I guess what you pay for, the history was just a quick flight through Mexican history. The real issue I had was the unnecessary anti Catholic rhetoric that permeated throughout. But a quick check of the authors history reveals him him to possess of left leaning view of the world. He has written articles for leftist websites and publications. (How does he qualify to write a history of Mexico?)
So I guess I shouldn't be surprised the Catholic Church would not get its side of the story told. Whereas the Socialist leaning governments of Mexico do. But at least he does tell of how the Mexican people have always taken comfort in their faith, and always held it dear. If you want a good history of Mexico, this is not it. If you have some spare room on your MP3 player and have a road trip, and the radio is out and you have listened to all your other books. Then buy a another book. :-)
If you ever wondered why men and women act the way we do this book will reveal the answers. From why men are aggresive by nature to why mothers and family always comment on why a baby looks like dad. This book is filled with facinating insights into human nature. Read by Simon Prebble who is my favorite narrator only adds to the book! yes its a science book so if your not into science you may not enjoy it. But if your a nerd you will love it!
I thought this was a very interesting book. However in my opinion there is one major flaw. There is a distinct lack of objectivity in his book to the point of distraction.
I wish Dr Pigliucci would have toned down his obvious loathing of Christianity. I'm a Christian but I'm not saying this because I disagree with him. In fact I agree with his views on evolution. But his acrimony against Creationists was just distracting. He seemed compelled to make snide remarks against them at every turn; even in areas having nothing to do with evolution.
He also seemed very convinced about the "truth" of so called Man made Global warming. But his evidence was no better than that of the Global warming Deniers. I found it particularly galling how he listed various denier claims and simply labeled them as Myths. As if that were enough to settle the issue? For example He claims that the warming effects of heat islands caused by cities are a myth. But just last month Jan 2013 the University of California, San Diego stated that urban heat island do in fact increase the heat of faraway rural places. What else may he be wrong about in this area?He also claims that the majority of scientists in general and climate scientists in particular feel there is no doubt about human caused Global Warming. The funny thing is that the deniers also claim that the majority of scientists, feel that the issue is not settled! so who do I believe?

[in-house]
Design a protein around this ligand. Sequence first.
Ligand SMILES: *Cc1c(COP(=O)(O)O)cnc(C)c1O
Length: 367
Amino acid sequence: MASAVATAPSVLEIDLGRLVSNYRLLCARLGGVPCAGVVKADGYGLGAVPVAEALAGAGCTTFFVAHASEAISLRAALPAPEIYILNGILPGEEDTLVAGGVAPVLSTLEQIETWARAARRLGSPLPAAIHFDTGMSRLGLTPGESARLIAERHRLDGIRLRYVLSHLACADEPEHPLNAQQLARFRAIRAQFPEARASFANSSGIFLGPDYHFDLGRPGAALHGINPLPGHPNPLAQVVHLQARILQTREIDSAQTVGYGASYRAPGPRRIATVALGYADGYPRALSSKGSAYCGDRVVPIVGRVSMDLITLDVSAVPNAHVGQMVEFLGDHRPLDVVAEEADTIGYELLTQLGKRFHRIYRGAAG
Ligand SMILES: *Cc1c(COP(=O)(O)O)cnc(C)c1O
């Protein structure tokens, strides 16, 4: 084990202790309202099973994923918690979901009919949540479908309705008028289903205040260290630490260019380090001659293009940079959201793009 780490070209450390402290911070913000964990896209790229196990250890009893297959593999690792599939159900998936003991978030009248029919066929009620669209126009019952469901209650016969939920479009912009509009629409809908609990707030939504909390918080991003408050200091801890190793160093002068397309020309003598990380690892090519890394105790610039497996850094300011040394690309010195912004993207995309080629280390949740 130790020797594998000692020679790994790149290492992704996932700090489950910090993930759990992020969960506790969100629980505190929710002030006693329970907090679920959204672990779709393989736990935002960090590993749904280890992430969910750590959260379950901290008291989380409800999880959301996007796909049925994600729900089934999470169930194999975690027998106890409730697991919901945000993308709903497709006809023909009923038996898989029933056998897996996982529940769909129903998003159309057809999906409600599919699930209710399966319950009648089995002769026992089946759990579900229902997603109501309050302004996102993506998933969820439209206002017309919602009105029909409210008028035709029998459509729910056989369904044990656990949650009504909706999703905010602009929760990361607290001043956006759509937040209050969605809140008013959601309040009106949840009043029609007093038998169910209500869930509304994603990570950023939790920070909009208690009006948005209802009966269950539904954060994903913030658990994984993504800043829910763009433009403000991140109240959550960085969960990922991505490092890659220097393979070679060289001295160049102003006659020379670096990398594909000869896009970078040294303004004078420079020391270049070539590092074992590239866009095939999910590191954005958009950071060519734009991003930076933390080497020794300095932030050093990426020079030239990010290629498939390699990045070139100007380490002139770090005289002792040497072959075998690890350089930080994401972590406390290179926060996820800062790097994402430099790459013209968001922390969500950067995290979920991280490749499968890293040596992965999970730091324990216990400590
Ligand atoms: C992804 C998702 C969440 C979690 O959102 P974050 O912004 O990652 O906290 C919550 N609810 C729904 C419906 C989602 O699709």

But enough negatives. If you filter out the obviously politically nonsense on stilts that Dr Pigliucci puts forward. What you are left with is a fascinating look at what science is and what it is not. I was particularly intrigued by his discussion on Pseudoscience! All in all a very entertaining and educational work!
Let me start by saying I loved the series. However, I was seriously disappointed by Homeward Bound. Why does it take 28 hrs and 9 mins to not say nothing? I mean really, nothing happened throughout the book. Nothing was resolved, We don't really know what happened on earth, many of the characters from the series are briefly mentioned but what happened to them?Worst of all we're left hanging at the end. I wont say more as I don't want to give away the story for those who wish to listen to this book. But I feel like after 6 other books we should have gotten a BIG finish and what we get is a well, nada, zilch zero, the big goose egg. The details of Home are interesting though, and you get some very interesting thoughts about different systems of government and you even wonder of the "races" form of government has some merit, This is why I didn't give the story 2 stars. Harry Turtledove can still make the details interesting, even if the big picture disappointed me.
This lecture seemed very anti western in its tone, someone unfamiliar with history would infer that Europeans lived in caves before the Muslims came forth to lead them out of ignorance. The esteemed professor, takes discoveries from older cultures and spins it so they appear of ONLY Muslim origin, i.e Arabic Numbers, Universities, etc. He makes Christians appear intolerant compared to Muslims since they did not "force" their conquered subject to convert to Islam. But fails to mention that they often preferred that those same subjects retain their original faiths in order to extract the Jizya Tax! The course remains interesting and I still recommend it to anyone interested in Islamic history. But beware, learn something of European history before beginning this course or you will find yourself led astray!
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